The problem with this view is that it is actually a form of tri-theism (i.e., that Father, Son, and Holy Spirit are three Gods), which in turn is a form of polytheism (the belief that many true Gods exist).
- “There is one God, and only one God,” is a statement of monotheism, the historic theology of biblical Christianity.
- Three Gods, though they may be perfectly united (one) “in mind and will,” is polytheism, the historic theology of Hinduism and Shintoism – and Mormonism (among others).
Mormon leaders have asserted that Mormonism has a Godhead they call the Trinity, but it is a long way from the Christian doctrine of the Trinity. LDS Seventy Milton R. Hunter once defined Mormonism’s Trinity:
“The ancient prophets knew that the Godhead consisted of three separate and distinct personages, each of whom had a definite work to perform, and yet they all worked in perfect unity as one. The three Gods constituted the Holy Trinity.” (Pearl of Great Price Commentary, 52)
Joseph Smith mocked the Christian doctrine of the Trinity:
“Many men say there is one God; the Father, the Son and the Holy Ghost are only one God! I say that is a strange God anyhow—three in one, and one in three! It is a curious organization. All are to be crammed into one God, according to sectarianism. It would make the biggest God in all the world. He would be a wonderfully big God—he would be a giant or a monster.” (Joseph Smith, Teachings of the Prophet Joseph Smith, 372)
LDS apostle Bruce McConkie misrepresented and scorned the Christian doctrine of the Trinity:
“If Christians are people (and this is the standard definition of the clergy of the day) who believe in the holy trinity as defined and set forth in the Nicene, Athanasian, and Apostles creeds, meaning that God is a three-in-one nothingness, a spirit essence filling immensity, an incorporeal and uncreated being incapable of definition or mortal comprehension — then Mormons, by a clergy-chosen definition, are ruled out of the fold of Christ.” (Bruce R. McConkie, Doctrinal New Testament Commentary 2:113)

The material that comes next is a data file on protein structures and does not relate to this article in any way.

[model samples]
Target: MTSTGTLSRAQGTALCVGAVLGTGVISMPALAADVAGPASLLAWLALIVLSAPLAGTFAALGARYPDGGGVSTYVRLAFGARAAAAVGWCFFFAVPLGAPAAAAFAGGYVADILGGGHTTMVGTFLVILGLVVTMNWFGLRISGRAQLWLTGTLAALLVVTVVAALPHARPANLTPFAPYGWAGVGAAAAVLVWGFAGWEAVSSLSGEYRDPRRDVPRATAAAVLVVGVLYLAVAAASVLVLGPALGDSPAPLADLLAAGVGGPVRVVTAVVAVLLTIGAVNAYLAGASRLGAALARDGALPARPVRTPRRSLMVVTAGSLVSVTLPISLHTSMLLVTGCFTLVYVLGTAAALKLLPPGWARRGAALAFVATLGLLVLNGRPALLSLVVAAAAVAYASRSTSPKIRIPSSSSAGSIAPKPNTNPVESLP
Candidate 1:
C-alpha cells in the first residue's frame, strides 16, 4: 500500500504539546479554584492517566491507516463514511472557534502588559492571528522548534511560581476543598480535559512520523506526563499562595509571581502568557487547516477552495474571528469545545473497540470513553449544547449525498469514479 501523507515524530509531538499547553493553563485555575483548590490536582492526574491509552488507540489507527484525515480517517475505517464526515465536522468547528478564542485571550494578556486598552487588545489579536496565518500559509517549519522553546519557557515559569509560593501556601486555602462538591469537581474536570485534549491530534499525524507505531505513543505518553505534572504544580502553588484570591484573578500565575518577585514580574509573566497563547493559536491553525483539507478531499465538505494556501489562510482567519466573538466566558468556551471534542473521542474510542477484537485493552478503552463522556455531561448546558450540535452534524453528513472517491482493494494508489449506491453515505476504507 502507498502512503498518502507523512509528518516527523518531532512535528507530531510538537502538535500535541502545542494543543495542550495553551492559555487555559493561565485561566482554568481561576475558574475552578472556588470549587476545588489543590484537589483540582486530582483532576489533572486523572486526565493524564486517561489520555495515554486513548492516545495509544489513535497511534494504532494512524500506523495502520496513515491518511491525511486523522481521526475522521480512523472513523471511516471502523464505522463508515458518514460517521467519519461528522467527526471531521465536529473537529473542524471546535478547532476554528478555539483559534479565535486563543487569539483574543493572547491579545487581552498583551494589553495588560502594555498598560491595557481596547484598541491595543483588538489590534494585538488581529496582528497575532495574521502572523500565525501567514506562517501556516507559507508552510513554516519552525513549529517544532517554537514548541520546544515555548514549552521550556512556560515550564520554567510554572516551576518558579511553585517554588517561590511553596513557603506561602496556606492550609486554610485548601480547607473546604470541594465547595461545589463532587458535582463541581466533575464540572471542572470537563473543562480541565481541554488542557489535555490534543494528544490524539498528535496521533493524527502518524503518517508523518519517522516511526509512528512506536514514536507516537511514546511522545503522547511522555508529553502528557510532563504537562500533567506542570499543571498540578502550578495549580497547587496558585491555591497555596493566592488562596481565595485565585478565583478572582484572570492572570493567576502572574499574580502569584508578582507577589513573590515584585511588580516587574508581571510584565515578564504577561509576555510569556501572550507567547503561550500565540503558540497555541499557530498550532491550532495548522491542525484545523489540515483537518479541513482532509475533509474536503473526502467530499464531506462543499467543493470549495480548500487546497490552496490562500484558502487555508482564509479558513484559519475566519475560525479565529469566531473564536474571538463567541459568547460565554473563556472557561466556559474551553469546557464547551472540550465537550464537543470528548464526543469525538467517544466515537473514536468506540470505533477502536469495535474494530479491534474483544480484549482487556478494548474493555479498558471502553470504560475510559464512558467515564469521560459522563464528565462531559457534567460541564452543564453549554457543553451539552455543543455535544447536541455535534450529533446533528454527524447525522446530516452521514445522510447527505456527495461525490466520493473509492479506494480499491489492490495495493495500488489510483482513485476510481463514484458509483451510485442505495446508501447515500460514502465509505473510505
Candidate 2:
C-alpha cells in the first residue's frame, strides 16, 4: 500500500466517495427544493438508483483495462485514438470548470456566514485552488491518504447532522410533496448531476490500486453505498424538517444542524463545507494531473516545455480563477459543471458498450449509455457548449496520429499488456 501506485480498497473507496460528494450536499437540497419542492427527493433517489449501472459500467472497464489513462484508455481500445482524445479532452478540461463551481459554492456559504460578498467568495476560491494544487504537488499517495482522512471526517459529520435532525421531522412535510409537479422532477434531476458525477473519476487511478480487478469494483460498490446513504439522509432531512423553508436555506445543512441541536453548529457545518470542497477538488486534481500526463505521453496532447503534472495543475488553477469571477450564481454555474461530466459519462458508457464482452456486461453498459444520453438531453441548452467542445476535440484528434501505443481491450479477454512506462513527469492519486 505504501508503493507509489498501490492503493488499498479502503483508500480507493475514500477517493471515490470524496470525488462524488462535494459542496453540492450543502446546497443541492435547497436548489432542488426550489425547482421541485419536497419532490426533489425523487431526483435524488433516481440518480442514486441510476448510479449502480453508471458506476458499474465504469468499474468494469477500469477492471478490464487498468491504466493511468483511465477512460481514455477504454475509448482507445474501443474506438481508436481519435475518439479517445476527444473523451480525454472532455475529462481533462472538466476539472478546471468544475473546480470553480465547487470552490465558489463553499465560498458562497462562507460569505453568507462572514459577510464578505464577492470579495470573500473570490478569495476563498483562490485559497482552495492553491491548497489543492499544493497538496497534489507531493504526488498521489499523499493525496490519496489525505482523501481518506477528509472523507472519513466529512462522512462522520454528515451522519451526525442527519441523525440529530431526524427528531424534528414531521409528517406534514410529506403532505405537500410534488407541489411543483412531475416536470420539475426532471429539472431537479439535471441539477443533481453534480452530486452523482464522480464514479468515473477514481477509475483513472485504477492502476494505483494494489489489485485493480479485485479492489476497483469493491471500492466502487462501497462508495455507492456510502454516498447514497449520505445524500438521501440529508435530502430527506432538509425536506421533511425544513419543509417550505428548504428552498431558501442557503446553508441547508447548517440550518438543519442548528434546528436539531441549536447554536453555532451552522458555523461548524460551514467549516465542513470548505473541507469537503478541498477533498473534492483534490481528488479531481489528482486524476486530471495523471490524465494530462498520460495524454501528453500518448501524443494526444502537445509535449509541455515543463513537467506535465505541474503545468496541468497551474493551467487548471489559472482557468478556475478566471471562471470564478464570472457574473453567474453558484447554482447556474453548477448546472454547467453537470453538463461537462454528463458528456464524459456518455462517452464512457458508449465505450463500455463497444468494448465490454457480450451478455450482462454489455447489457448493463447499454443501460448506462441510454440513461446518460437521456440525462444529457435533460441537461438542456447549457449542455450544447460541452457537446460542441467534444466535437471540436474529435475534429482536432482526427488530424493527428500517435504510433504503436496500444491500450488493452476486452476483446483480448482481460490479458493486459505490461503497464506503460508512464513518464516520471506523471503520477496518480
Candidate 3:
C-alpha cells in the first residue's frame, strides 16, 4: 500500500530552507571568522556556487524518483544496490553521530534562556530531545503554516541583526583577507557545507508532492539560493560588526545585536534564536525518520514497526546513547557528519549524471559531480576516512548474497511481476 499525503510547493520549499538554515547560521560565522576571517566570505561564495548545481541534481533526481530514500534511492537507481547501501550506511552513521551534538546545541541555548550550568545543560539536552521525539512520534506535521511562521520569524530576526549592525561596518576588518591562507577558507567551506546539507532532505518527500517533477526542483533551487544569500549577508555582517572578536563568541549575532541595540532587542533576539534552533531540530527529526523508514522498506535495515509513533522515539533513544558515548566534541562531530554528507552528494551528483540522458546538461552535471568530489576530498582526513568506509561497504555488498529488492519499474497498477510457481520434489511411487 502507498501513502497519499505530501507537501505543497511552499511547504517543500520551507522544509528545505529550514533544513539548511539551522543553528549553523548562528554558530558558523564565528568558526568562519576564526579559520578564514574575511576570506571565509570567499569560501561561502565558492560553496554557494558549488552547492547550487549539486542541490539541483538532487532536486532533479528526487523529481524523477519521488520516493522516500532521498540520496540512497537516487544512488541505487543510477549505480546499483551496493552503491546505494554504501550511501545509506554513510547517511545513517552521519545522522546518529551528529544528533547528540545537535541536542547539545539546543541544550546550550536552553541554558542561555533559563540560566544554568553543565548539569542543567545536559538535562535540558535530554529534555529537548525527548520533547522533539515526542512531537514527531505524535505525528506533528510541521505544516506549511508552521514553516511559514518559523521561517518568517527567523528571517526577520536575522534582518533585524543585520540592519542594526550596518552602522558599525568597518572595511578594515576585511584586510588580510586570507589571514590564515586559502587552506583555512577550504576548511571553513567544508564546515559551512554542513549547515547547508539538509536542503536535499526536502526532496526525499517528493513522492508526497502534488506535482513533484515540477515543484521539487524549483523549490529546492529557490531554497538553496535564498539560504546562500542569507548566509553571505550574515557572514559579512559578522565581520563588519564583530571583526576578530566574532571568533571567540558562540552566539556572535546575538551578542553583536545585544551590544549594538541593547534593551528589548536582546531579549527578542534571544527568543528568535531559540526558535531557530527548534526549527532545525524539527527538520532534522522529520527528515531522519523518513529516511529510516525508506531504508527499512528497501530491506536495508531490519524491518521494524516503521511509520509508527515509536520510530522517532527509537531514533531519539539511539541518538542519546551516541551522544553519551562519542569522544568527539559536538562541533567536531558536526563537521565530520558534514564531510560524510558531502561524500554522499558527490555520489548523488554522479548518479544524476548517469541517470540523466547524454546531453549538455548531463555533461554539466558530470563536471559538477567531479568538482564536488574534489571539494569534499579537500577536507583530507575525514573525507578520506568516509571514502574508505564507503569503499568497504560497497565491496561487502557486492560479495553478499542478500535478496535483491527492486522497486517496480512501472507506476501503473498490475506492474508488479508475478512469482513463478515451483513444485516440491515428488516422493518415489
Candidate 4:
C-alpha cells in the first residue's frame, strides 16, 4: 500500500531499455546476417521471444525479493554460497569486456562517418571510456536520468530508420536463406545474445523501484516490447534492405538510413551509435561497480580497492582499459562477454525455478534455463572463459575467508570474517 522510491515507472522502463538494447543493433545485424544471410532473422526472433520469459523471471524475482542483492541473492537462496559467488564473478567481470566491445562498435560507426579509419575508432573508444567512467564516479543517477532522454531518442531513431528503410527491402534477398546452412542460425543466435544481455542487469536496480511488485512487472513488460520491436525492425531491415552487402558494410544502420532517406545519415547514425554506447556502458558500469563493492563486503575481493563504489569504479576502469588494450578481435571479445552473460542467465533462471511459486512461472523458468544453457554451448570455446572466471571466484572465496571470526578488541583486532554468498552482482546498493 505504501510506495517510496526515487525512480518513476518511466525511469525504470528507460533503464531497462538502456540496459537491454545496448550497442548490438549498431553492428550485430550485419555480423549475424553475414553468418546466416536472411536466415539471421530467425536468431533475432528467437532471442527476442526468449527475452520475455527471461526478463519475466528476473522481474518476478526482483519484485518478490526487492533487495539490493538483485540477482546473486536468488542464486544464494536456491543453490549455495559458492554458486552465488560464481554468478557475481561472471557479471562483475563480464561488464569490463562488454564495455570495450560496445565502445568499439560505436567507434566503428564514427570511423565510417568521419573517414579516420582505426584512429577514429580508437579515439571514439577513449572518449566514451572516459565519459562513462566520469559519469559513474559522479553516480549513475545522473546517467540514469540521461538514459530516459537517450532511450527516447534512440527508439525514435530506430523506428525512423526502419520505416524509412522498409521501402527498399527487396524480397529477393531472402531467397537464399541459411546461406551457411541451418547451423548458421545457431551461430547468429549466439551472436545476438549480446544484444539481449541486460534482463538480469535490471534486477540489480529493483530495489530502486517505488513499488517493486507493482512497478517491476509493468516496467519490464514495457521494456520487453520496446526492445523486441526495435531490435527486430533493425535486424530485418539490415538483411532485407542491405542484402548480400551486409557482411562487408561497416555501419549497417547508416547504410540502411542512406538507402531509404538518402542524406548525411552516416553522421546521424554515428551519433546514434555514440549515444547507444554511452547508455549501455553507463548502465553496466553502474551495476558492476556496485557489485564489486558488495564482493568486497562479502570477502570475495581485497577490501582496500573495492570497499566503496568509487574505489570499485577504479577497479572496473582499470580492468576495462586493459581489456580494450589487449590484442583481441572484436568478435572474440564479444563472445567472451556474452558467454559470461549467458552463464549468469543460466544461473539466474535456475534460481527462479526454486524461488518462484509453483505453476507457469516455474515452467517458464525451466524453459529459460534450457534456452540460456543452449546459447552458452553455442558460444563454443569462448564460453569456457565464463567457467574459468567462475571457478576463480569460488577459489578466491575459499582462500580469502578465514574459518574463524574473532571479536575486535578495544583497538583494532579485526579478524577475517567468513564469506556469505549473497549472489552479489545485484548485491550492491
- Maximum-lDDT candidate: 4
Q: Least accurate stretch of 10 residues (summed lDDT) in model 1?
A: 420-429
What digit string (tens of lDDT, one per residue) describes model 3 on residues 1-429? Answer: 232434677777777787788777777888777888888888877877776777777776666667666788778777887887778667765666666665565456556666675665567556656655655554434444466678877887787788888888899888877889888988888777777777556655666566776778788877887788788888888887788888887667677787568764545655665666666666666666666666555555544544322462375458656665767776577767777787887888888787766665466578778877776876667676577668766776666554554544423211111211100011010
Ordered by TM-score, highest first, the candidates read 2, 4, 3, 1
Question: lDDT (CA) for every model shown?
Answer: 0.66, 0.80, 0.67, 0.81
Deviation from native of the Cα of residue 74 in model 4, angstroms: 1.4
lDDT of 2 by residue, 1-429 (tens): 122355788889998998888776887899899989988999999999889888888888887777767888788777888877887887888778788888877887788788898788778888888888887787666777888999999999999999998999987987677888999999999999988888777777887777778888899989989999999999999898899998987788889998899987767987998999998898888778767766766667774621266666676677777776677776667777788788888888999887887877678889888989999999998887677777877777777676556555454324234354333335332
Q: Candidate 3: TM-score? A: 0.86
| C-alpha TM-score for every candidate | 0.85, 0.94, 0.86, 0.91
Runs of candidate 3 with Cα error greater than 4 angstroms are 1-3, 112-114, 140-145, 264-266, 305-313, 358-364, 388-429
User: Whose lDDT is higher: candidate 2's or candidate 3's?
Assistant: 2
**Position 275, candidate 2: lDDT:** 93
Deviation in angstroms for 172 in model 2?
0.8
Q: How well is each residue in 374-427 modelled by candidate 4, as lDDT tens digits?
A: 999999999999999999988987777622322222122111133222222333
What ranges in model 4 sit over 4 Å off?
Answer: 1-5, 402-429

And Jeffrey Holland, today serving in the LDS Church’s First Presidency, clearly rejected the Christian doctrine of the Trinity:
“Our first and foremost article of faith in The Church of Jesus Christ of Latter-day Saints is ‘We believe in God, the Eternal Father, and in His Son, Jesus Christ, and in the Holy Ghost.’ We believe these three divine persons constituting a single Godhead are united in purpose, in manner, in testimony, in mission. We believe Them to be filled with the same godly sense of mercy and love, justice and grace, patience, forgiveness, and redemption. I think it is accurate to say we believe They are one in every significant and eternal aspect imaginable except believing Them to be three persons combined in one substance, a Trinitarian notion never set forth in the scriptures because it is not true.” (Jeffrey R. Holland, “The One True God and Jesus Christ Whom He Hath Sent,” Ensign (Conference Edition), November 2007, 40)
Yet in his article, Dr. Peterson gives the impression that Mormons and Christians are nearly united on this except for the definition of one little three-letter word. But I think we need to go further back than the definition of the word “one” to find the “fundamental disagreement” between Mormonism and Christianity. We need to go back to the word “God.”